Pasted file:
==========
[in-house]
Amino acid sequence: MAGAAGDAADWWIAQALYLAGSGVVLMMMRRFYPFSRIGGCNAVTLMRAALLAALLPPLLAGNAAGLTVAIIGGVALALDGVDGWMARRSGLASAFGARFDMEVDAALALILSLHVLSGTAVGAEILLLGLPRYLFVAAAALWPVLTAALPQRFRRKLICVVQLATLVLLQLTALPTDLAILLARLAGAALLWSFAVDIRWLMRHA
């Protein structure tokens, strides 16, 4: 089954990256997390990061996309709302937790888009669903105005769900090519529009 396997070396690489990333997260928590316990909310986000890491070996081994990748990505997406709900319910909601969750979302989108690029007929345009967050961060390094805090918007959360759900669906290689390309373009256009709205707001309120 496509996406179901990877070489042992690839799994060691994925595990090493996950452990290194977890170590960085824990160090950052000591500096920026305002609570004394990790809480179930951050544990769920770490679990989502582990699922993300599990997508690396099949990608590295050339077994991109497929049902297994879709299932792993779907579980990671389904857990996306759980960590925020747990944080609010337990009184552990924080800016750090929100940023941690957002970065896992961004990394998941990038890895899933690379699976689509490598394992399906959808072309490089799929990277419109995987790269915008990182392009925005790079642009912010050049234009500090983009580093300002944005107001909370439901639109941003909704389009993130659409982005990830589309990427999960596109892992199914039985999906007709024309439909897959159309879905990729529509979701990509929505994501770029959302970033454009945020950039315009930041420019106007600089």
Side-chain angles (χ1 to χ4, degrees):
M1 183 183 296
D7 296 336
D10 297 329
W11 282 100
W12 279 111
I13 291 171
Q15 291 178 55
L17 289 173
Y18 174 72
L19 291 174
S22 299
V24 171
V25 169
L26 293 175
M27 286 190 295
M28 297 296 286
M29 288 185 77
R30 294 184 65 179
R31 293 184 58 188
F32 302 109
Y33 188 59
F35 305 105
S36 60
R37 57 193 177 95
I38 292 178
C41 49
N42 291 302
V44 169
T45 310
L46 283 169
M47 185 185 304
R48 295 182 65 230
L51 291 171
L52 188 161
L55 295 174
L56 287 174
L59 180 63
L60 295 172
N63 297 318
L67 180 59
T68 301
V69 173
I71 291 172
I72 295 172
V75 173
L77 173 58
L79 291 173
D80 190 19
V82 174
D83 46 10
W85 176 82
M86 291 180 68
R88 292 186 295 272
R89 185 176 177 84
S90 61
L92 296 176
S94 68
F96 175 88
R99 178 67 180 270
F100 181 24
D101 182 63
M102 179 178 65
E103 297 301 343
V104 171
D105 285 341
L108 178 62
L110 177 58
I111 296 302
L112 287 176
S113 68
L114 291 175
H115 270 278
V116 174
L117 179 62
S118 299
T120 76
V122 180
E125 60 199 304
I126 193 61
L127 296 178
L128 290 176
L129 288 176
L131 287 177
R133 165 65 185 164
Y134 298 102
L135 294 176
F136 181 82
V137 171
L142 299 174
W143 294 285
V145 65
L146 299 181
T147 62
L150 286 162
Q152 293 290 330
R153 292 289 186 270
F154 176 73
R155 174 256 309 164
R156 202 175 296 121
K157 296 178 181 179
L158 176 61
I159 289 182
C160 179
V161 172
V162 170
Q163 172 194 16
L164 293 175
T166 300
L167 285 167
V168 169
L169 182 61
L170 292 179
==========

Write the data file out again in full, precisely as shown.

[in-house]
Amino acid sequence: MAGAAGDAADWWIAQALYLAGSGVVLMMMRRFYPFSRIGGCNAVTLMRAALLAALLPPLLAGNAAGLTVAIIGGVALALDGVDGWMARRSGLASAFGARFDMEVDAALALILSLHVLSGTAVGAEILLLGLPRYLFVAAAALWPVLTAALPQRFRRKLICVVQLATLVLLQLTALPTDLAILLARLAGAALLWSFAVDIRWLMRHA
């Protein structure tokens, strides 16, 4: 089954990256997390990061996309709302937790888009669903105005769900090519529009 396997070396690489990333997260928590316990909310986000890491070996081994990748990505997406709900319910909601969750979302989108690029007929345009967050961060390094805090918007959360759900669906290689390309373009256009709205707001309120 496509996406179901990877070489042992690839799994060691994925595990090493996950452990290194977890170590960085824990160090950052000591500096920026305002609570004394990790809480179930951050544990769920770490679990989502582990699922993300599990997508690396099949990608590295050339077994991109497929049902297994879709299932792993779907579980990671389904857990996306759980960590925020747990944080609010337990009184552990924080800016750090929100940023941690957002970065896992961004990394998941990038890895899933690379699976689509490598394992399906959808072309490089799929990277419109995987790269915008990182392009925005790079642009912010050049234009500090983009580093300002944005107001909370439901639109941003909704389009993130659409982005990830589309990427999960596109892992199914039985999906007709024309439909897959159309879905990729529509979701990509929505994501770029959302970033454009945020950039315009930041420019106007600089």
Side-chain angles (χ1 to χ4, degrees):
M1 183 183 296
D7 296 336
D10 297 329
W11 282 100
W12 279 111
I13 291 171
Q15 291 178 55
L17 289 173
Y18 174 72
L19 291 174
S22 299
V24 171
V25 169
L26 293 175
M27 286 190 295
M28 297 296 286
M29 288 185 77
R30 294 184 65 179
R31 293 184 58 188
F32 302 109
Y33 188 59
F35 305 105
S36 60
R37 57 193 177 95
I38 292 178
C41 49
N42 291 302
V44 169
T45 310
L46 283 169
M47 185 185 304
R48 295 182 65 230
L51 291 171
L52 188 161
L55 295 174
L56 287 174
L59 180 63
L60 295 172
N63 297 318
L67 180 59
T68 301
V69 173
I71 291 172
I72 295 172
V75 173
L77 173 58
L79 291 173
D80 190 19
V82 174
D83 46 10
W85 176 82
M86 291 180 68
R88 292 186 295 272
R89 185 176 177 84
S90 61
L92 296 176
S94 68
F96 175 88
R99 178 67 180 270
F100 181 24
D101 182 63
M102 179 178 65
E103 297 301 343
V104 171
D105 285 341
L108 178 62
L110 177 58
I111 296 302
L112 287 176
S113 68
L114 291 175
H115 270 278
V116 174
L117 179 62
S118 299
T120 76
V122 180
E125 60 199 304
I126 193 61
L127 296 178
L128 290 176
L129 288 176
L131 287 177
R133 165 65 185 164
Y134 298 102
L135 294 176
F136 181 82
V137 171
L142 299 174
W143 294 285
V145 65
L146 299 181
T147 62
L150 286 162
Q152 293 290 330
R153 292 289 186 270
F154 176 73
R155 174 256 309 164
R156 202 175 296 121
K157 296 178 181 179
L158 176 61
I159 289 182
C160 179
V161 172
V162 170
Q163 172 194 16
L164 293 175
T166 300
L167 285 167
V168 169
L169 182 61
L170 292 179